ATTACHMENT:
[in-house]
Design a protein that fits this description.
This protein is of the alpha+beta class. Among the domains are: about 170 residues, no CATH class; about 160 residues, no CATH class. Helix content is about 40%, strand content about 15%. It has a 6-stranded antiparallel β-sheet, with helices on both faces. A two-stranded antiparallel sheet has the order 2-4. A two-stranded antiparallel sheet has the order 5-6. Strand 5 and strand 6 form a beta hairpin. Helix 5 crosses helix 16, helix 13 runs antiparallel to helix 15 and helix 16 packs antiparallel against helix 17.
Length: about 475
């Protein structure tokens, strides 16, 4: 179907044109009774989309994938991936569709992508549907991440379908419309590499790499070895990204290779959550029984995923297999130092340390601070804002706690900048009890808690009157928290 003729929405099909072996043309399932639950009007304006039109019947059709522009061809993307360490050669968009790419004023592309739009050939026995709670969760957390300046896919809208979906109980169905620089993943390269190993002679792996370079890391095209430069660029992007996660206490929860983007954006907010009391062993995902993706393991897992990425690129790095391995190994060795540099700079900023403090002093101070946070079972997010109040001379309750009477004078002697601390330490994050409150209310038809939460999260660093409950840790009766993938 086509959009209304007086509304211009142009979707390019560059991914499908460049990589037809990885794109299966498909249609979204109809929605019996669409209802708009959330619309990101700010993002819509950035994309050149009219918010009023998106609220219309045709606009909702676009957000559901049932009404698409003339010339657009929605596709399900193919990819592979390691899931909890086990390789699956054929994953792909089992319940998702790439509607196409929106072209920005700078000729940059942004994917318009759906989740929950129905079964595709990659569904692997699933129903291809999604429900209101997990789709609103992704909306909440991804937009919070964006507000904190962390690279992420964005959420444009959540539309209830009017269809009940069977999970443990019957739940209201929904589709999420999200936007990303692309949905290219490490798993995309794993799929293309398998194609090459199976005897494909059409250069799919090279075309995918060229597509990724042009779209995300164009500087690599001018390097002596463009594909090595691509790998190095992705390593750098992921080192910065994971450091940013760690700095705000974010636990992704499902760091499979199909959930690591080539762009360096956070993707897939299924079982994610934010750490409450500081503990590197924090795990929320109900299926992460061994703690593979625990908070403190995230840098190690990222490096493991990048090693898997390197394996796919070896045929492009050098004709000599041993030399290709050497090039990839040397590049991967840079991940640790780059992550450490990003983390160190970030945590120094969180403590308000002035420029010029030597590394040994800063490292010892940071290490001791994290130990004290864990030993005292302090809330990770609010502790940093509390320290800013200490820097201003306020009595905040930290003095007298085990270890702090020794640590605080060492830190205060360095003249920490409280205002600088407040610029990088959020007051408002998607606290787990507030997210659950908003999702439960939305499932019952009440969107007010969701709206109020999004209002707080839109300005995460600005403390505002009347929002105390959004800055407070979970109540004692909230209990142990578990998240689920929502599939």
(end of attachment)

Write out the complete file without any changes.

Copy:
[in-house]
Design a protein that fits this description.
This protein is of the alpha+beta class. Among the domains are: about 170 residues, no CATH class; about 160 residues, no CATH class. Helix content is about 40%, strand content about 15%. It has a 6-stranded antiparallel β-sheet, with helices on both faces. A two-stranded antiparallel sheet has the order 2-4. A two-stranded antiparallel sheet has the order 5-6. Strand 5 and strand 6 form a beta hairpin. Helix 5 crosses helix 16, helix 13 runs antiparallel to helix 15 and helix 16 packs antiparallel against helix 17.
Length: about 475
């Protein structure tokens, strides 16, 4: 179907044109009774989309994938991936569709992508549907991440379908419309590499790499070895990204290779959550029984995923297999130092340390601070804002706690900048009890808690009157928290 003729929405099909072996043309399932639950009007304006039109019947059709522009061809993307360490050669968009790419004023592309739009050939026995709670969760957390300046896919809208979906109980169905620089993943390269190993002679792996370079890391095209430069660029992007996660206490929860983007954006907010009391062993995902993706393991897992990425690129790095391995190994060795540099700079900023403090002093101070946070079972997010109040001379309750009477004078002697601390330490994050409150209310038809939460999260660093409950840790009766993938 086509959009209304007086509304211009142009979707390019560059991914499908460049990589037809990885794109299966498909249609979204109809929605019996669409209802708009959330619309990101700010993002819509950035994309050149009219918010009023998106609220219309045709606009909702676009957000559901049932009404698409003339010339657009929605596709399900193919990819592979390691899931909890086990390789699956054929994953792909089992319940998702790439509607196409929106072209920005700078000729940059942004994917318009759906989740929950129905079964595709990659569904692997699933129903291809999604429900209101997990789709609103992704909306909440991804937009919070964006507000904190962390690279992420964005959420444009959540539309209830009017269809009940069977999970443990019957739940209201929904589709999420999200936007990303692309949905290219490490798993995309794993799929293309398998194609090459199976005897494909059409250069799919090279075309995918060229597509990724042009779209995300164009500087690599001018390097002596463009594909090595691509790998190095992705390593750098992921080192910065994971450091940013760690700095705000974010636990992704499902760091499979199909959930690591080539762009360096956070993707897939299924079982994610934010750490409450500081503990590197924090795990929320109900299926992460061994703690593979625990908070403190995230840098190690990222490096493991990048090693898997390197394996796919070896045929492009050098004709000599041993030399290709050497090039990839040397590049991967840079991940640790780059992550450490990003983390160190970030945590120094969180403590308000002035420029010029030597590394040994800063490292010892940071290490001791994290130990004290864990030993005292302090809330990770609010502790940093509390320290800013200490820097201003306020009595905040930290003095007298085990270890702090020794640590605080060492830190205060360095003249920490409280205002600088407040610029990088959020007051408002998607606290787990507030997210659950908003999702439960939305499932019952009440969107007010969701709206109020999004209002707080839109300005995460600005403390505002009347929002105390959004800055407070979970109540004692909230209990142990578990998240689920929502599939």